"Well, I see all of them still improving," Cardinals manager Mike Matheny said on Friday afternoon, prior to Wacha's latest masterpiece. "I see all of them, obviously, getting very important experience. But they all have a very high ceiling. It's gonna be fun to continue to push them, acknowledge some areas they can still improve their game, and I think it's a good situation for us to be in, to see who really rises up there."

While Martinez's outing Friday came with the game no longer in doubt, what he did in Game 4 helped to turn the series definitively in St. Louis' favor. Brought in to pitch two innings, Martinez did so in just 18 pitches, serving as bridge to a Rosenthal ninth.

"Well, we asked a little bit more of him today," Matheny said back on Tuesday, after that outing. "We got into a position in the game where we were kind of in-between. He's done such a nice job for us in the eighth inning, but today we got to a point where we had a couple right-handers, a tough lefty, were stuck in a spot where we needed to come in with our best. And Carlos has been very good ... Just the way this kid has handled anything we've given him, I think everybody in baseball is starting to notice him."

Matheny is right. As Vin Scully said to me on Friday, just marveling at it, "The Cardinals have some wonderful young players. Especially these pitchers! I don't know where the heck they got them. But they are sensational. But you look at a Wacha, or a Kelly, and you think about a Kershaw and a Grienke, and you think, they'll be pitching against [the Dodgers] for years."

Of course, as Scully knows about young pitchers (ask him about Karl Spooner sometime), so many of them break down. Baseball history is littered with also-ran teams who pinned their hopes on a young starter or two, only to be disappointed when they failed to develop or got hurt. But put together talented young pitchers in large enough numbers, and teams can manage to come out on the other side of that attrition with enough pitching to thrive. That's what allowed the Cardinals to succeed in 2013, despite Miller wearing down at the end of the season, not to mention injuries earlier this season to prospect John Gast and young starter Jaime Garcia.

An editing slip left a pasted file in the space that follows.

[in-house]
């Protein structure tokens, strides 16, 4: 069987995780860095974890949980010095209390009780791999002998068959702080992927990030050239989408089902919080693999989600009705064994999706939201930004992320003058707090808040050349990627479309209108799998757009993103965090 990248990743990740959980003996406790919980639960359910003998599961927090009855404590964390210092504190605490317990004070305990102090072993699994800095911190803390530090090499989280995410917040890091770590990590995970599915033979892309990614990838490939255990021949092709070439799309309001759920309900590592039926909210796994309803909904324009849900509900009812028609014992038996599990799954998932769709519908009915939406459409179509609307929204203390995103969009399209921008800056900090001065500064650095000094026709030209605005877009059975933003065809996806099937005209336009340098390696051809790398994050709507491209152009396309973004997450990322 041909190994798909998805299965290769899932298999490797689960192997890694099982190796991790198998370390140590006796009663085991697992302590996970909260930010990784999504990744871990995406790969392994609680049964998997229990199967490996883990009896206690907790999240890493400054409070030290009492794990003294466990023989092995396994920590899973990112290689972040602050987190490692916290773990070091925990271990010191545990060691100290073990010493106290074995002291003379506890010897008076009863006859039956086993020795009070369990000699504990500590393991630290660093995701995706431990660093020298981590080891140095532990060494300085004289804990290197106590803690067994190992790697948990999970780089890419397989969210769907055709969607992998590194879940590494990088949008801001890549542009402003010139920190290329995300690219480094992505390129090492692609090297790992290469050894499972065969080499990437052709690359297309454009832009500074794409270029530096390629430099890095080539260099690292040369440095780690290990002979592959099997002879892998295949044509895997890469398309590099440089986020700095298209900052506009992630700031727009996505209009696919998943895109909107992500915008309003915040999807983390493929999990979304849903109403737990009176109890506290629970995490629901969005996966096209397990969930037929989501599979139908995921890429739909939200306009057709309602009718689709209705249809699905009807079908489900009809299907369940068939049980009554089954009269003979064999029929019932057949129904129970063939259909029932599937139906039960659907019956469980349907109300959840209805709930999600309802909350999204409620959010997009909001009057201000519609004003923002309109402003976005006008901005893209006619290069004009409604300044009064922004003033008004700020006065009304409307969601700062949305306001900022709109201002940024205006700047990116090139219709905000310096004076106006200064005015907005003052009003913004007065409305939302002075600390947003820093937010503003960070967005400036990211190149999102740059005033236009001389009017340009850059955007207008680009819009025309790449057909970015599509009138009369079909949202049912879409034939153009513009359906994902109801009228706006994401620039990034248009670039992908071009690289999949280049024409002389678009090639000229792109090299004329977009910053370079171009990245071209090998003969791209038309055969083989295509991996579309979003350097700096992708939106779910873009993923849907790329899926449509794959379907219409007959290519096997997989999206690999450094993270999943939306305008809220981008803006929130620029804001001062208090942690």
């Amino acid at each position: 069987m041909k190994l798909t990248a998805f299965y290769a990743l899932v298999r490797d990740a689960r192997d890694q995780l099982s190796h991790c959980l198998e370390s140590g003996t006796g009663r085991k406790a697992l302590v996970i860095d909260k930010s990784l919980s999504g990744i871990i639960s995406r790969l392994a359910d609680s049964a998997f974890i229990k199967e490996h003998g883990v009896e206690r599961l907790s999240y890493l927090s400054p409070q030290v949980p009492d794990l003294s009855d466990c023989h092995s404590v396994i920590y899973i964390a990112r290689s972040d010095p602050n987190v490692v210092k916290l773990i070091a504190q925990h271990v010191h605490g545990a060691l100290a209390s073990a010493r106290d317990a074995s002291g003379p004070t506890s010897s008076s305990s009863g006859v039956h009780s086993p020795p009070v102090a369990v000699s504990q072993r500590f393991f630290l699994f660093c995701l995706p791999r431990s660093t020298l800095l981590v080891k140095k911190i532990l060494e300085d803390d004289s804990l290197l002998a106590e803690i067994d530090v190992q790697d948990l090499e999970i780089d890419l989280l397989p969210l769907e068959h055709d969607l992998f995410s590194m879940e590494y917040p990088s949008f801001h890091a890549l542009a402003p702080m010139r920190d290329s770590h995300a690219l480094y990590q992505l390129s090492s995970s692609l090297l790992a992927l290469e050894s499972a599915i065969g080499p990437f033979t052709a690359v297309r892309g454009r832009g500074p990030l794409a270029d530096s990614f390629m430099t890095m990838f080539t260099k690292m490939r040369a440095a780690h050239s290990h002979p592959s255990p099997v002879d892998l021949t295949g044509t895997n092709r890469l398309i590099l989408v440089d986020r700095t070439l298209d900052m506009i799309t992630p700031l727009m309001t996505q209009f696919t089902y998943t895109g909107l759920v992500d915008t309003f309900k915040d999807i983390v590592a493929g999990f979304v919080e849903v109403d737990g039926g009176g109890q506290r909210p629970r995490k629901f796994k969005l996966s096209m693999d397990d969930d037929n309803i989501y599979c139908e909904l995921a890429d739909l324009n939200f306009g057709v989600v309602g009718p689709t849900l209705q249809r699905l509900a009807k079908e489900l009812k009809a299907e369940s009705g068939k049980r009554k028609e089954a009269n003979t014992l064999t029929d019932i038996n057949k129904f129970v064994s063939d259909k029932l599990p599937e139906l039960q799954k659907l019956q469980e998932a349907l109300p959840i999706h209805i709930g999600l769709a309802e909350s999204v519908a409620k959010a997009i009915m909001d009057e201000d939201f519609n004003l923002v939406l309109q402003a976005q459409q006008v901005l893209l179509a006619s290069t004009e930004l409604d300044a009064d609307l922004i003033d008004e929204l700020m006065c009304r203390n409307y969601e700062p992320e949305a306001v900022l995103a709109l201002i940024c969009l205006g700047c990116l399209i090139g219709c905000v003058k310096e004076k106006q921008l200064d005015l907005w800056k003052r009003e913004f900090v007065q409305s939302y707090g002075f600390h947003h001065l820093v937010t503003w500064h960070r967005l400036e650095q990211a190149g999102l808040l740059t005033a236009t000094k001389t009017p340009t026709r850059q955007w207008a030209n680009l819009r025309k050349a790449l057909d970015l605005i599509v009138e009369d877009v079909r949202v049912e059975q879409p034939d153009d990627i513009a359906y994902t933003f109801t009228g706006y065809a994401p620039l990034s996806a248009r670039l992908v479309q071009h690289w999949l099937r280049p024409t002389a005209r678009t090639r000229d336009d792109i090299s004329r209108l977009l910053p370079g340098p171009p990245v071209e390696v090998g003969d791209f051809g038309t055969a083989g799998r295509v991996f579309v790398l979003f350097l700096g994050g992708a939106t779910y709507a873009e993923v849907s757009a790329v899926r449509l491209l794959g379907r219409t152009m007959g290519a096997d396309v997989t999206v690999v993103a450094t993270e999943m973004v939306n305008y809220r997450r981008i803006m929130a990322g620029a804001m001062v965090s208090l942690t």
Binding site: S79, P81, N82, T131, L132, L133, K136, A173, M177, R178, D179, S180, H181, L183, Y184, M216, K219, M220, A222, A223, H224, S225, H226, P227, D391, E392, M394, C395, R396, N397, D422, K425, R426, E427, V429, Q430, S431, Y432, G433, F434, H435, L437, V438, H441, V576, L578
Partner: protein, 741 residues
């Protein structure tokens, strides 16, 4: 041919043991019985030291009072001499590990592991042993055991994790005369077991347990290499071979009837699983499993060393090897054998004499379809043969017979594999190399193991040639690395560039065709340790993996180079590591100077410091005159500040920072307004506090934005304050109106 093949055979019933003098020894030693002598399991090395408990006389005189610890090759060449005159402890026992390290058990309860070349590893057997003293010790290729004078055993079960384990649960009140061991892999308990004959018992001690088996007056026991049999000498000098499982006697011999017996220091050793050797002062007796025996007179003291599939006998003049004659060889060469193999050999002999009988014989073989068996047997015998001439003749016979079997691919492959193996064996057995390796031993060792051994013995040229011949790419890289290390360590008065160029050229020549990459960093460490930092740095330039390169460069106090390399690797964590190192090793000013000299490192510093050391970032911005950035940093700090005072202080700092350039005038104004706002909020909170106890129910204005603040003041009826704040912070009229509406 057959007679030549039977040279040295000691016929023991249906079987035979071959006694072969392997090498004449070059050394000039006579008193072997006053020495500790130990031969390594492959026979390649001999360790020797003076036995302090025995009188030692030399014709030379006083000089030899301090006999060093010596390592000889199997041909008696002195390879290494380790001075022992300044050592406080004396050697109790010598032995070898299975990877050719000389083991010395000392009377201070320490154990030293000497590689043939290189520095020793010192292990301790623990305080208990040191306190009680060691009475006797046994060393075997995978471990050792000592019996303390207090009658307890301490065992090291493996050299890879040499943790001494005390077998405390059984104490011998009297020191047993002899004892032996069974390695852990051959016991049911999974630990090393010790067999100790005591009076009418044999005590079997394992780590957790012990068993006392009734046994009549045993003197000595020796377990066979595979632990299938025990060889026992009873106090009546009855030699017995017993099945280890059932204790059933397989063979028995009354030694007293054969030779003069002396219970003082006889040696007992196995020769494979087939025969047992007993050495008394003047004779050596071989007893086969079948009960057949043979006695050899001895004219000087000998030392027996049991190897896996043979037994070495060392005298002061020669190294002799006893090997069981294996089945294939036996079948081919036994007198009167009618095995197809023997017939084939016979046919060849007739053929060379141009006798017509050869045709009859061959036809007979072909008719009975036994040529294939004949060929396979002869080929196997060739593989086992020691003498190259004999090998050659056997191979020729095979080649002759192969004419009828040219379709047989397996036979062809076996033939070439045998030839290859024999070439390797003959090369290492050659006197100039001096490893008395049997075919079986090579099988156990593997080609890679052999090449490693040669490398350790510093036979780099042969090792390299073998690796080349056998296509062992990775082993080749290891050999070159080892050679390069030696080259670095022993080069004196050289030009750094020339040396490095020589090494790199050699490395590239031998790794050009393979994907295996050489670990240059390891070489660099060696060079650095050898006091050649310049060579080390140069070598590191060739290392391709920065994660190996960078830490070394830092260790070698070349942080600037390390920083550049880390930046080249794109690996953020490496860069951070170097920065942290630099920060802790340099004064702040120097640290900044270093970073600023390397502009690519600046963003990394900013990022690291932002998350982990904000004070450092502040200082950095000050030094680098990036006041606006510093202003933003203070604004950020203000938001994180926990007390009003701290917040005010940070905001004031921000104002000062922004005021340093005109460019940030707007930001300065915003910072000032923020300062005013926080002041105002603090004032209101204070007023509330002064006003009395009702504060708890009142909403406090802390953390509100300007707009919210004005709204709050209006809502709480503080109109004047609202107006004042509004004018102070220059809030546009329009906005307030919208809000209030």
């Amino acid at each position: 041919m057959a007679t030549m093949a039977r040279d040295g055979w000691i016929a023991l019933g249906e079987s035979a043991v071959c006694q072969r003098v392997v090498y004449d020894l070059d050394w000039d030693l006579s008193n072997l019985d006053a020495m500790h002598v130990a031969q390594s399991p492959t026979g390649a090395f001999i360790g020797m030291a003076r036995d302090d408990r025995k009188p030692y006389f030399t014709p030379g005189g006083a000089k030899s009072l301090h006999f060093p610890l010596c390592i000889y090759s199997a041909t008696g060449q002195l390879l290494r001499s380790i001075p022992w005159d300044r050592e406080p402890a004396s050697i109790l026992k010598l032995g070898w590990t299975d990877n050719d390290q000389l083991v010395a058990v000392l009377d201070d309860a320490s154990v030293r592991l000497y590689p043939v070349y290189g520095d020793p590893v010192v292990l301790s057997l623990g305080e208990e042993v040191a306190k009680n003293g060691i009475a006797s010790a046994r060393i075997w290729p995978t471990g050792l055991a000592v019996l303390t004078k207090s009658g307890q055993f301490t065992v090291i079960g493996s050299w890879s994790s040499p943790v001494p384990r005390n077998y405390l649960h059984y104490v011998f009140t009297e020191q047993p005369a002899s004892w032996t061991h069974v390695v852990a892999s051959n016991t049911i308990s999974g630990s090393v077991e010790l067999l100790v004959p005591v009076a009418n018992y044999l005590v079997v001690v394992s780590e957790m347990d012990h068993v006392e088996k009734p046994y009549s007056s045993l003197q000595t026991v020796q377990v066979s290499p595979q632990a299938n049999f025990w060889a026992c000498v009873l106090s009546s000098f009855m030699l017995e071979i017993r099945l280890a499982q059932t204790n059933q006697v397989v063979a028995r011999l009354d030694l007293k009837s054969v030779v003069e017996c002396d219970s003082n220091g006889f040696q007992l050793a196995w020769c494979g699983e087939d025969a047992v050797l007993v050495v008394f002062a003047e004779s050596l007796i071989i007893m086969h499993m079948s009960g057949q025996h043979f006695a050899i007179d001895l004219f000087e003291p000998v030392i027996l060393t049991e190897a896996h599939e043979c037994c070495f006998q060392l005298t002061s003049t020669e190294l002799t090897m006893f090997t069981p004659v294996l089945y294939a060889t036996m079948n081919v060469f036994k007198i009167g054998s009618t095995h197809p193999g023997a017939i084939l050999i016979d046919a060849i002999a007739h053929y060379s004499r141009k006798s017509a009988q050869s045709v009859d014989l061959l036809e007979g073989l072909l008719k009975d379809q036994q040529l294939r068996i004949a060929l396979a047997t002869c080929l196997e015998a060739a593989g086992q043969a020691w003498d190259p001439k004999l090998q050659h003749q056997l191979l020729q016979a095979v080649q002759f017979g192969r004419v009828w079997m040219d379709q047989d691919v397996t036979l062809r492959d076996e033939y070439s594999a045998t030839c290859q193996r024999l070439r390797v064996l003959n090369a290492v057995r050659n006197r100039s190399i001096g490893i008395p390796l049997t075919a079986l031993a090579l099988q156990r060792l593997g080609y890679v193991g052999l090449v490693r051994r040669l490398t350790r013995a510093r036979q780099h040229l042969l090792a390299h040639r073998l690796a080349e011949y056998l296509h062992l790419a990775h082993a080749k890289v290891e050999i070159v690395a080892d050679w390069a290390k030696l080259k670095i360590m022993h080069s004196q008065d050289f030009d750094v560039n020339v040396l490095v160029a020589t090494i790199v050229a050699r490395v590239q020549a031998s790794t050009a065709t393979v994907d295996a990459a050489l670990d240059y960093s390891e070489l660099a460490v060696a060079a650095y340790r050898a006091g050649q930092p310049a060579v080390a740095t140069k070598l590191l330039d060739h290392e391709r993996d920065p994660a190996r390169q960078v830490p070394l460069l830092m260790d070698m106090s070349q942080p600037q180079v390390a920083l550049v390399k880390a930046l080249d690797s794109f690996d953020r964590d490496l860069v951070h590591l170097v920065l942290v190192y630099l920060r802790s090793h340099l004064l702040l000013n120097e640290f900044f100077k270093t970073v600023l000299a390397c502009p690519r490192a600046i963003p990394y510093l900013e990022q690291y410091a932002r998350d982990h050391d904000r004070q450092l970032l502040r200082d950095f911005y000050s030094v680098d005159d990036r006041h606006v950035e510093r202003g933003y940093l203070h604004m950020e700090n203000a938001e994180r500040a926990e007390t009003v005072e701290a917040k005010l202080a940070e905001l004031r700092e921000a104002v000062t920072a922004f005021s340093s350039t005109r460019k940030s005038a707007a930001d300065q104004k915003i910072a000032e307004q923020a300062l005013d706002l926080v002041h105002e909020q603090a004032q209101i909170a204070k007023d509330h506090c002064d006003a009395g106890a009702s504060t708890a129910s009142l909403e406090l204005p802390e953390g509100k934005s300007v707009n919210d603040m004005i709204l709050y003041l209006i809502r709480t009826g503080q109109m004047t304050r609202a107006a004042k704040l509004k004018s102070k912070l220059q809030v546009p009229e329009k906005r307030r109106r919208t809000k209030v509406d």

On Friday night, three of those young pitchers got all 27 outs, in a game that sent the Cardinals to the World Series. Matheny thinks that's going to help these young pitching stars in the years to come.

"I don't think it can do anything but help 'em," the National League's winning manager said when it was all over on Friday night. "Even improve 'em. There's a lot of room for growth with all of them. We haven't seen the ceiling with a lot of these young players. And to be able to have this test, to be on the big stage -- there's a lot of people who go their entire career and always ask themselves, 'How would I perform on that stage?' And they never know.

"So fortunately, these guys know ... They've stepped up. And it's not that they're just here, they're young, but we're putting them in big situations. And they're doing the job ... They've got to keep their head down, not buy into the hype too much. We've still got some work to do. But also, you look at the future. We've got the opportunity to watch some pretty bright stars continue to shine."